Just west of Longmont proper lies McCauley Farms owned by Marcus McCauley. Here McCauley is living his dream to heal people and the planet through food.
McCauley grew up in Oklahoma, where he learned his passion for the land from his parents and grandparents. Out of necessity, he turned to regenerative farming when he moved to the farm outside Longmont eight years ago. The need came because land in Colorado is slowly turning into a desert, McCauley said.
Regenerative agriculture is an environmentally conscious way of farming: “We are trying to build a functioning farm ecology. You don’t see waste in ecosystems. The output of one part of the ecology is the input for another. We are using the wisdom of nature in how we build our farm system,” McCauley said.
The farming technique is bringing “the soil back to life,” he said. “If we want to be ecologically and environmentally sustainable for generations to come then we needed to be regenerative.”
Picaflor, a pepper flake seasoning created on McCauley Farms, is one of the ways he has used his skills to continue his zero-waste farming. After trying to sell peppers, McCauley had “lots of cosmetic ones leftover.” His first thought was to preserve them through fermentation. The process took off beyond McCauley’s expectations. He then wanted to use the byproduct of the process to create something good.
McCauley and his team screened out the skins and stems, feeding those to the chickens, and dehydrated the rest. It created pepper flakes that were then packaged and sold at markets including Whole Foods and Natural Grocers in 12 states, McCauley said.
Picaflor is “alchemy” for pizza McCauley said, but it also can be used as a seasoning or in soups.
Fermenting the peppers went beyond avoiding waste. McCauley, a chef himself, wanted to show other farmers there were other things they could do with their produce besides selling it at farmers’ markets. Also, “I get to scratch my culinary itch by making these products,” he said.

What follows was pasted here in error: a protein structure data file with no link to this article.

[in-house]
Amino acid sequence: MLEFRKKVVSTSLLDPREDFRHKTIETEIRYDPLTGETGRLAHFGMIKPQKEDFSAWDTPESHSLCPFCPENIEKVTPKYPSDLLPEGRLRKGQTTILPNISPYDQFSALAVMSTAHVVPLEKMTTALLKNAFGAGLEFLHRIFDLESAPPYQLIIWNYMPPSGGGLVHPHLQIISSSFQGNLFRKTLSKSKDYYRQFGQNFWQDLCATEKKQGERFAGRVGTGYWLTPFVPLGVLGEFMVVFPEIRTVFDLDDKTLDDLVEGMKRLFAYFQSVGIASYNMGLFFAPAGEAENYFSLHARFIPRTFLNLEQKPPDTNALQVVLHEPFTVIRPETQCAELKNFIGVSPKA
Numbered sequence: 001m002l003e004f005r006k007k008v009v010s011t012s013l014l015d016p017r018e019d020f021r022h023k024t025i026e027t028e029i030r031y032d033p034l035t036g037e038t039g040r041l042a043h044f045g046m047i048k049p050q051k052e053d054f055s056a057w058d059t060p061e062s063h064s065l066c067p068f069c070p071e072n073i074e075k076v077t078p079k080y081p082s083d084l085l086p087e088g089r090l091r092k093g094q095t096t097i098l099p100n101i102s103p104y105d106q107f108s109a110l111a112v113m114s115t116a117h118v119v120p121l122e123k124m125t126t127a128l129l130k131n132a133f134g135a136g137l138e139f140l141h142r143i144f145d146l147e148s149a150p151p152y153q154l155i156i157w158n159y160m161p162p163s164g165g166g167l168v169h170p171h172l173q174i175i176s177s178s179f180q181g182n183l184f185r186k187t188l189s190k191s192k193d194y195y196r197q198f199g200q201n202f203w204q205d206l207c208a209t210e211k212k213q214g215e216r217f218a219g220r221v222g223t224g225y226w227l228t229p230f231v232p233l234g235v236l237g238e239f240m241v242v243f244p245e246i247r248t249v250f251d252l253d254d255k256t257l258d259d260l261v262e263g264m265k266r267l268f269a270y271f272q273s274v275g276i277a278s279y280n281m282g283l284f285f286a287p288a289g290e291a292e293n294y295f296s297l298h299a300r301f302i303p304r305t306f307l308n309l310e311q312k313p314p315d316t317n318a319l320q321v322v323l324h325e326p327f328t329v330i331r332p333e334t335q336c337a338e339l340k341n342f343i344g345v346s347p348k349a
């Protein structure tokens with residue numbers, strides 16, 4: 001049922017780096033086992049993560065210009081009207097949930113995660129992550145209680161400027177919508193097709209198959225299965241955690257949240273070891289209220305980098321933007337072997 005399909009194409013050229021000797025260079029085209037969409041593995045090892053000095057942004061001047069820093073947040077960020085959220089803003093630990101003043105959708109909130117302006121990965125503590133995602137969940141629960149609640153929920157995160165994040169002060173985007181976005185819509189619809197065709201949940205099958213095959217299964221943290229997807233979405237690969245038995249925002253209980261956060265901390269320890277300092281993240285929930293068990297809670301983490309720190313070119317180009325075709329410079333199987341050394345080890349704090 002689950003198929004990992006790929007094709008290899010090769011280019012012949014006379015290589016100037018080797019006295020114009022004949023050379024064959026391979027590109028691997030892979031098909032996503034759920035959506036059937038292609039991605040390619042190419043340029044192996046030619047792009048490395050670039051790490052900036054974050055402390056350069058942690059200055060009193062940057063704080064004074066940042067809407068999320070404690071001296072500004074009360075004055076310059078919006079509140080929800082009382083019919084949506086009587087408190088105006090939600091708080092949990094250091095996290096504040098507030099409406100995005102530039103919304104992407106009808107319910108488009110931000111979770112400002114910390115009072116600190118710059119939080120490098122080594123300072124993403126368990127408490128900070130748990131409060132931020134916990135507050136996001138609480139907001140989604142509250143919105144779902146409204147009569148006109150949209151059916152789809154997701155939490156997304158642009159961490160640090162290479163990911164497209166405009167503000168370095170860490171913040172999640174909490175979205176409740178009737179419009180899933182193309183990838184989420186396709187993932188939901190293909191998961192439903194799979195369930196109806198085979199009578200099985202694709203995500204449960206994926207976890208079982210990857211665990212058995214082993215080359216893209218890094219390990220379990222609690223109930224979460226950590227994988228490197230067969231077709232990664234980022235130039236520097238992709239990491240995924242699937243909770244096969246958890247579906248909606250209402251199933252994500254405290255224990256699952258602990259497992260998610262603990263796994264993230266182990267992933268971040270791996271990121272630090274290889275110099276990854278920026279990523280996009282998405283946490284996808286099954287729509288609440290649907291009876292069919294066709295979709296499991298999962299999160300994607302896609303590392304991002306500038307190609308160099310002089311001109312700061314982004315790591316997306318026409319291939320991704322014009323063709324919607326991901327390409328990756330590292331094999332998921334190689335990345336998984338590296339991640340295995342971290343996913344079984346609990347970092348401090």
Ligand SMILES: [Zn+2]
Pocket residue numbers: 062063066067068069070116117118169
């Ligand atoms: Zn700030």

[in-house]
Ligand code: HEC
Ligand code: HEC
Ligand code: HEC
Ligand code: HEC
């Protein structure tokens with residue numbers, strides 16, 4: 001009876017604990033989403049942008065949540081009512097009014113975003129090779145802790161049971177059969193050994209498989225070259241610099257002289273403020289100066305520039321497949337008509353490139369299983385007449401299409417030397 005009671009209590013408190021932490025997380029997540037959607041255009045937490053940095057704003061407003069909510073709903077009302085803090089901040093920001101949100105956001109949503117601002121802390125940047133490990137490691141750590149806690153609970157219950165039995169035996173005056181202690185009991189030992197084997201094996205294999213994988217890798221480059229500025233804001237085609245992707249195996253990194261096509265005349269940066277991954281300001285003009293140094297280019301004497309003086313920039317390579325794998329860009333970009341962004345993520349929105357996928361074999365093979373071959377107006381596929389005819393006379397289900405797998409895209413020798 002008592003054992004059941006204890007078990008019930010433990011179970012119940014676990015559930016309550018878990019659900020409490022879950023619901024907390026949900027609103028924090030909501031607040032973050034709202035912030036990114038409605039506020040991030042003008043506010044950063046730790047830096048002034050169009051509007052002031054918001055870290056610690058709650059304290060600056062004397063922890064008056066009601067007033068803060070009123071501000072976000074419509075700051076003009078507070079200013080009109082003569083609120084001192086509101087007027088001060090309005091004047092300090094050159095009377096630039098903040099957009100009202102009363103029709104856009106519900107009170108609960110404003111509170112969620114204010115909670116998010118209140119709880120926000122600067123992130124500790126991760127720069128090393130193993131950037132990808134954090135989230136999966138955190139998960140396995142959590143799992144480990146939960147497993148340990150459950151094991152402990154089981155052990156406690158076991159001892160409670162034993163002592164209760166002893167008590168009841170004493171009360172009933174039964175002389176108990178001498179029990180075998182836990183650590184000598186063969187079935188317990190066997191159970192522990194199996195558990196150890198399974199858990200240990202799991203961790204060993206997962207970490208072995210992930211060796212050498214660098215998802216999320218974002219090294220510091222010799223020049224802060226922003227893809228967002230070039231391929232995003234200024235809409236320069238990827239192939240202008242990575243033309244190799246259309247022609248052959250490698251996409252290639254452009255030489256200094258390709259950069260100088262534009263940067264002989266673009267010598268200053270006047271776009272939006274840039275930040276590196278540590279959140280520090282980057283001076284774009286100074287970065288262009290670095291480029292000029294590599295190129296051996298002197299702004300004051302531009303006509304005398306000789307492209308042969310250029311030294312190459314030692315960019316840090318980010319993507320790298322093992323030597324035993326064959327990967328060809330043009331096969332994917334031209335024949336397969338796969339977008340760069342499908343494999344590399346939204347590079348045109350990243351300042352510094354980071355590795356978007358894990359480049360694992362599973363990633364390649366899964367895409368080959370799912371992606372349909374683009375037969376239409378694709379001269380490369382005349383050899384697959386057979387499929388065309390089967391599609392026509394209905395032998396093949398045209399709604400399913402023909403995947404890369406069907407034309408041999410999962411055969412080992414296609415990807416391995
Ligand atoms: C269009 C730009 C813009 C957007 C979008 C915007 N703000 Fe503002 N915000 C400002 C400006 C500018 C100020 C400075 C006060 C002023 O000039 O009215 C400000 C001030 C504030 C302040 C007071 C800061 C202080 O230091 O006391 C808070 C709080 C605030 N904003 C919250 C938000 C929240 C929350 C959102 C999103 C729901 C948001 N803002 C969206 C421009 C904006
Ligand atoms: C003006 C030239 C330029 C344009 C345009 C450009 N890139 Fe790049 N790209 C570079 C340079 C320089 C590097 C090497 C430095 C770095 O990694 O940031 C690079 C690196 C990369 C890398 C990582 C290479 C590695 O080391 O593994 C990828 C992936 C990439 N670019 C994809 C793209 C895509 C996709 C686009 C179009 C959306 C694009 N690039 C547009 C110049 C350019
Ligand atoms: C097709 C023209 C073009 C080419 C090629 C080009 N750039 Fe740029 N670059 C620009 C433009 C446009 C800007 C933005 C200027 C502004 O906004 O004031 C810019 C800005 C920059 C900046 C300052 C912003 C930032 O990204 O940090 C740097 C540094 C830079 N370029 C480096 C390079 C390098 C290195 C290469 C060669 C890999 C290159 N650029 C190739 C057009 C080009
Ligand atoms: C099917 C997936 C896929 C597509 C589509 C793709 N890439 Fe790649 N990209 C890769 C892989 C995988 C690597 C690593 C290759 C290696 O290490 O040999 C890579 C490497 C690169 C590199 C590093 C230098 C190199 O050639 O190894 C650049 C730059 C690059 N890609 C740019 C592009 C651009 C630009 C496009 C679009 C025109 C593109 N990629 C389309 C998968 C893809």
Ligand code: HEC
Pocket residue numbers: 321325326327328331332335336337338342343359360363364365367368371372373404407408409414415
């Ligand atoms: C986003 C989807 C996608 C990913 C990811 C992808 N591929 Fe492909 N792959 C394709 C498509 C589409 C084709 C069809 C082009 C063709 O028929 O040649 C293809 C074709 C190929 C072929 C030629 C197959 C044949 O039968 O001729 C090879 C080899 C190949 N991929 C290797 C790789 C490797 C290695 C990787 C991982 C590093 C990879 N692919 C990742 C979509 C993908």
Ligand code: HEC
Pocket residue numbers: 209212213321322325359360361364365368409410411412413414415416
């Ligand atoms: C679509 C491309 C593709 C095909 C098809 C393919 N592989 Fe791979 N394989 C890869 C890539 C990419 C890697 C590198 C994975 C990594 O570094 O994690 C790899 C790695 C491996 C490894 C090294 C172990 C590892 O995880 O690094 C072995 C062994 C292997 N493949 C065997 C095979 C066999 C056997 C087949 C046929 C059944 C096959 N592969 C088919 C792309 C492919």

McCauley is participating in the Ollin Farms Virtual Farmstand, where he sells pickles.
COVID-19 has hit every industry and McCauley said he is grateful for support he’s received through community supported agricultural programs, or CSAs, as well as to other farms and grocery stores that carry his farm’s products.
“There has been a huge surge of support from the local community. There has been a huge outreach of existing and new customers, people who want to support the farm and who also want to secure a supply of food,” McCauley said.
As people return to buying their food directly from farmers, McCauley is urging them to be thoughtful about their choices.
“I think that people should consider where their food comes from. It’s a wonderful journey to start to ask that question and find out. Along that journey you get to meet some really great people that are right down the road from them,” McCauley said.
Boulder County, through its Office of Sustainability, Climate Action & Resilience, also encourages “the preservation and sustainable use of agricultural lands as a current and renewable source of food and feed and for their contribution to cultural, environmental and economic diversity.”
It also promotes “sustainable agricultural practices on publicly owned lands” and encourages them on private lands. “Sustainable practices include production methods that are healthy, have low environmental impact, respectful to workers, are humane to animals, provide profitable agriculture opportunities to farmers and support farming communities.”The county also sets aside $305,000 generated by a 2016 voter-approved tax initiative for grants for sustainability-focused initiatives that “address the priority needs of local farmers and agriculture producers.” The ballot measure allocated a portion of sales and use tax revenue to fund countywide sustainability infrastructure and programs. The application period for 2020 grants closed in January.